Wednesday, August 15, 2012

Meta Talking Point - The Problem With 50%+1

Sometimes our political rhetoric can reveal or obfuscate a basic truth. In order to unearth that truth, you have to go beyond the talking point, hence the name of my blog. Today, people have gotten so cynical and intellectually dishonest that it's easy to lose track of what's real. I never want a person to read this blog and leave in doubt of my own opinion or intellectual honesty.

So occasionally, I'll take some rhetoric or talking point, and then break it apart and analyze the underlying truth. This will be the first of what I hope will be many.

Yesterday, Mitt Romney had an excellent rhetorical bit: "[Obama's] campaign strategy is to smash America apart and then cobble together 51 percent of the pieces." Of course, what he neglected to mention is that any politician in the US trying to win an election is going to try and cobble together 50%+1 of the votes.

But that's the fundamental problem with many Western democracies. Having a simple majority of people voting for you means that something that's pretty damn close to a majority didn't vote for you either. In a liberal democracy (in the truest sense of the term), the majority rules while agreeing not to violate the rights of the minority.

With that in mind, can we really call our political system a liberal democracy? Yes, it takes a lot more than a simple majority to take away your freedom of speech, or your right to due process, or even your guns. But what about your money?

One of the central planks of the Obama campaign is to raise taxes on families and individuals that make more than 250,000 and 200,000 dollars, respectively. Let's say that President Obama wins reelection by 51-49%. And that enough Democrats are elected in the House to cobble together a 50%+1 majority (218 legislators).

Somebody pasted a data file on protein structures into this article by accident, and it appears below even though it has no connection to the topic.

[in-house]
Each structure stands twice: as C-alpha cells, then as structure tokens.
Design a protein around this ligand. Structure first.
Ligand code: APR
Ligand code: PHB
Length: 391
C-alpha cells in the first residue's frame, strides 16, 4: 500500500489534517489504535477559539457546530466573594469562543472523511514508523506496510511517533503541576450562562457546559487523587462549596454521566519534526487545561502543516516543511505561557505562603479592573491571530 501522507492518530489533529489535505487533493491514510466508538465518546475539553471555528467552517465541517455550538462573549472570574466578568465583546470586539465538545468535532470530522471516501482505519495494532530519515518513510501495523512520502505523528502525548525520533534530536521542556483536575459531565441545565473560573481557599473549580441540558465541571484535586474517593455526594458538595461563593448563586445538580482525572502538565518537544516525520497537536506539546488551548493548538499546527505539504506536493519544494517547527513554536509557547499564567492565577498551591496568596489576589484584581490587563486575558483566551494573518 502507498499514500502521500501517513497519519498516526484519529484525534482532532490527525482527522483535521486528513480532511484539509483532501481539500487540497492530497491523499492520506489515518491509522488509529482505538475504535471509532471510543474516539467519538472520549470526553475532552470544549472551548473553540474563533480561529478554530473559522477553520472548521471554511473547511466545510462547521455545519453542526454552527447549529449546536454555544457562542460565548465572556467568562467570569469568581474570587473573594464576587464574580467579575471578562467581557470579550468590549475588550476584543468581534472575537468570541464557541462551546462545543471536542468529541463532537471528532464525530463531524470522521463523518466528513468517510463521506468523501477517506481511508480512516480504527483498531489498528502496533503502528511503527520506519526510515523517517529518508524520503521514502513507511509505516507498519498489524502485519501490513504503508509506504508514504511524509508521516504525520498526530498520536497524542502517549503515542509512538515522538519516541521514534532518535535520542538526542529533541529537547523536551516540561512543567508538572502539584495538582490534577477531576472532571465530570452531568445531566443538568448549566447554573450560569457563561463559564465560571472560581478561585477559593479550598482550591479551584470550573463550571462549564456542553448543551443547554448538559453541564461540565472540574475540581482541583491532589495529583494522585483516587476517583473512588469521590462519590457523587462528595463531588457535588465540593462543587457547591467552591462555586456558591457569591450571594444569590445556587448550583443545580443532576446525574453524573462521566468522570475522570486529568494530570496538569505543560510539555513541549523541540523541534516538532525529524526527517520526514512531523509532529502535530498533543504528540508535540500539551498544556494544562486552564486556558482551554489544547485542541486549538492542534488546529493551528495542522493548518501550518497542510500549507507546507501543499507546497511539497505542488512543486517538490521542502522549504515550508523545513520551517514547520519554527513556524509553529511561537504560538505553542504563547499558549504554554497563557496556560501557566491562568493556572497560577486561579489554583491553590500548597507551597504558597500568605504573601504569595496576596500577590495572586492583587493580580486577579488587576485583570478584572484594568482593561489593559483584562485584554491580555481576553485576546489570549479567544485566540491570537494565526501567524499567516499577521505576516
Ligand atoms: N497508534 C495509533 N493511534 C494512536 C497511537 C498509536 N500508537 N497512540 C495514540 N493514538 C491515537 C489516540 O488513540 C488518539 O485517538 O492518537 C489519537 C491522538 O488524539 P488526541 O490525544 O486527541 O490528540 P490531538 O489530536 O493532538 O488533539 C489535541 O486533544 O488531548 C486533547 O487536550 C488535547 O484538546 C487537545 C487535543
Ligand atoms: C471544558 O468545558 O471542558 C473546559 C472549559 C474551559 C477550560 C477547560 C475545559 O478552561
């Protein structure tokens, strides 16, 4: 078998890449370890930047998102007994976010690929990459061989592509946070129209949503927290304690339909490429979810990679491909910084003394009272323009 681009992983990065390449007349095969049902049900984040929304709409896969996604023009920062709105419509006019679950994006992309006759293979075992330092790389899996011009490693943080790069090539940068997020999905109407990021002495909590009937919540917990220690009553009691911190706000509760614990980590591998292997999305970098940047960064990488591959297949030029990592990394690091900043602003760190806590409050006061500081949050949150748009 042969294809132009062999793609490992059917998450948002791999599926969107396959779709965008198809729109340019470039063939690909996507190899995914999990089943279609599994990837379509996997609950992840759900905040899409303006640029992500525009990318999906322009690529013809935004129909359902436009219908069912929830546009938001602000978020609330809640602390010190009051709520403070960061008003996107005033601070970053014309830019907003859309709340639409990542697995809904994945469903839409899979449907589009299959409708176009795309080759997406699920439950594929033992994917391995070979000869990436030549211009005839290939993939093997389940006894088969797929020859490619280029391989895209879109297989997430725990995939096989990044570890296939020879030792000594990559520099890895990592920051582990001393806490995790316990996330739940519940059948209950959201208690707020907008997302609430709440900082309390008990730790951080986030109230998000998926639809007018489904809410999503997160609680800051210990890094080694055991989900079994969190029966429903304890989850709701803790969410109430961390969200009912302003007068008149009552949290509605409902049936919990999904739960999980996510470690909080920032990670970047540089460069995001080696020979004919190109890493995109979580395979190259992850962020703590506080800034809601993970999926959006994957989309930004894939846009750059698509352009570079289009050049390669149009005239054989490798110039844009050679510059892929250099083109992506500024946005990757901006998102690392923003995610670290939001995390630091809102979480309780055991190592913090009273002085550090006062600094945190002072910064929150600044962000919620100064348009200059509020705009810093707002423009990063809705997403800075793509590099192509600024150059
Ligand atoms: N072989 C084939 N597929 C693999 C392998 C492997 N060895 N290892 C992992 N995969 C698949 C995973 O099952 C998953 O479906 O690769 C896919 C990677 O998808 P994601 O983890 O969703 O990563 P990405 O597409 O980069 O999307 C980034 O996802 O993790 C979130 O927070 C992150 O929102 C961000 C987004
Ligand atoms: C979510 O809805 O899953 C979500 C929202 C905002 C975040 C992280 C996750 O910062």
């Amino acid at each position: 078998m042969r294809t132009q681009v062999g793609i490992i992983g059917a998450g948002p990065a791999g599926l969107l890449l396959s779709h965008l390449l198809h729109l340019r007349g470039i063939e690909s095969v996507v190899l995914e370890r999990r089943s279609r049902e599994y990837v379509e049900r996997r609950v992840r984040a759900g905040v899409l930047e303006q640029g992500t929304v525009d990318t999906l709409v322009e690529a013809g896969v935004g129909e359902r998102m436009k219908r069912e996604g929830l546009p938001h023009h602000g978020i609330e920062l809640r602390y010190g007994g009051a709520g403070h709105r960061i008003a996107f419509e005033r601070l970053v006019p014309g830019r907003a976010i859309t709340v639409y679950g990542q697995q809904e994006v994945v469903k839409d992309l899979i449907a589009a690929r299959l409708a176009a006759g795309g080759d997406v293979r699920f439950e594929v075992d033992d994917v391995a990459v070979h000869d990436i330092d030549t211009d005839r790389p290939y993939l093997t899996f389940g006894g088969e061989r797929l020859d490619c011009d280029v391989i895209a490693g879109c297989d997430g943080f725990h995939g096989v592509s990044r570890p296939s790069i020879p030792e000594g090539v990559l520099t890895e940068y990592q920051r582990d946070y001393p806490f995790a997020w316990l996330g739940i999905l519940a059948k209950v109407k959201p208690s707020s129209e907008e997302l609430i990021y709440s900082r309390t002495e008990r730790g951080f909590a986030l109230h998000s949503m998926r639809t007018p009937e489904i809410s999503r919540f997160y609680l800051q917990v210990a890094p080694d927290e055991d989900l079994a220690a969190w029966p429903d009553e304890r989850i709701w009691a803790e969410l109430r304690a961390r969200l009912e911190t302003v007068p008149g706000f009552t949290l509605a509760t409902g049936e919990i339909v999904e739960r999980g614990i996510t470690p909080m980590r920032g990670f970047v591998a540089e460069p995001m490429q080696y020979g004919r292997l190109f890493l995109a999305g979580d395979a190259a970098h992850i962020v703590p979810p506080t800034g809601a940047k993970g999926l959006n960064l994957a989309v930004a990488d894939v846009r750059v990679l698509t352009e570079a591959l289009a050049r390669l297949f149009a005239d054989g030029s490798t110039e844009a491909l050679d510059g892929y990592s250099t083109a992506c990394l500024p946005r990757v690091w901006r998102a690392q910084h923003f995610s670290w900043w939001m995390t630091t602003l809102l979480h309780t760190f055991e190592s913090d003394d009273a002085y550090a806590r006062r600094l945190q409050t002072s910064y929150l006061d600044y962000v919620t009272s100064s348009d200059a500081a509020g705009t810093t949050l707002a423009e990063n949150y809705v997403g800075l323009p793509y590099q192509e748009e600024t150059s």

Most political pundits would then make the claim that the Democrats have an electoral mandate to raise taxes on those high earning families and individuals. But that seems ridiculous to me. Money is extremely important to the vast majority of people, even those making 200,000 USD a year. It seems to me that just cobbling together a simple majority for one election doesn't seem like the government should have the ability to raise taxes on a minority of the country.

Multiple things can affect an election. What day the election is held on, what the weather is like, how a certain sports team in a certain region fared recently, the order in which candidates are listed on the ballot, and multiple things that are seemingly insignificant, that, in aggregate, can swing an election one way or the other. Somebody who wins an election by the barest of margins could have easily lost had the election been held a day later (or a day before).

It doesn't seem right that a simple majority cobbled together over the course of a day should have the right to deprive a minority of a certain portion of their property. But there's really nothing in our Constitution that prevents the House from voting higher tax rates on a certain segment of the population.

It's like the old saying goes. Democracy doesn't work well when 2 wolves and 1 lamb vote on what's for dinner. Government intervention in a person's private affairs has to be justified. If I deprive a person of their money, there must be a good reason. Did that person steal it? If I deprive a person of their freedom, there must be a good reason. Did that person commit a crime?

Funding the government is an important and worthy goal, but it isn't healthy if the government decides that additional funding should come from a certain minority of the population simply because it is possible. There must be a good reason.

And I don't think "because they make more money than the rest of the population" is a good enough reason for higher tax rates on high earning individuals and households. But that's just one example. I don't think a simple majority should be able to decide anything that deprives anybody of their freedom or property without that individual committing an act that deprives the freedom or property of another person.

Tyranny, whether exercised by a tyrant or a temporary majority, is still tyranny.

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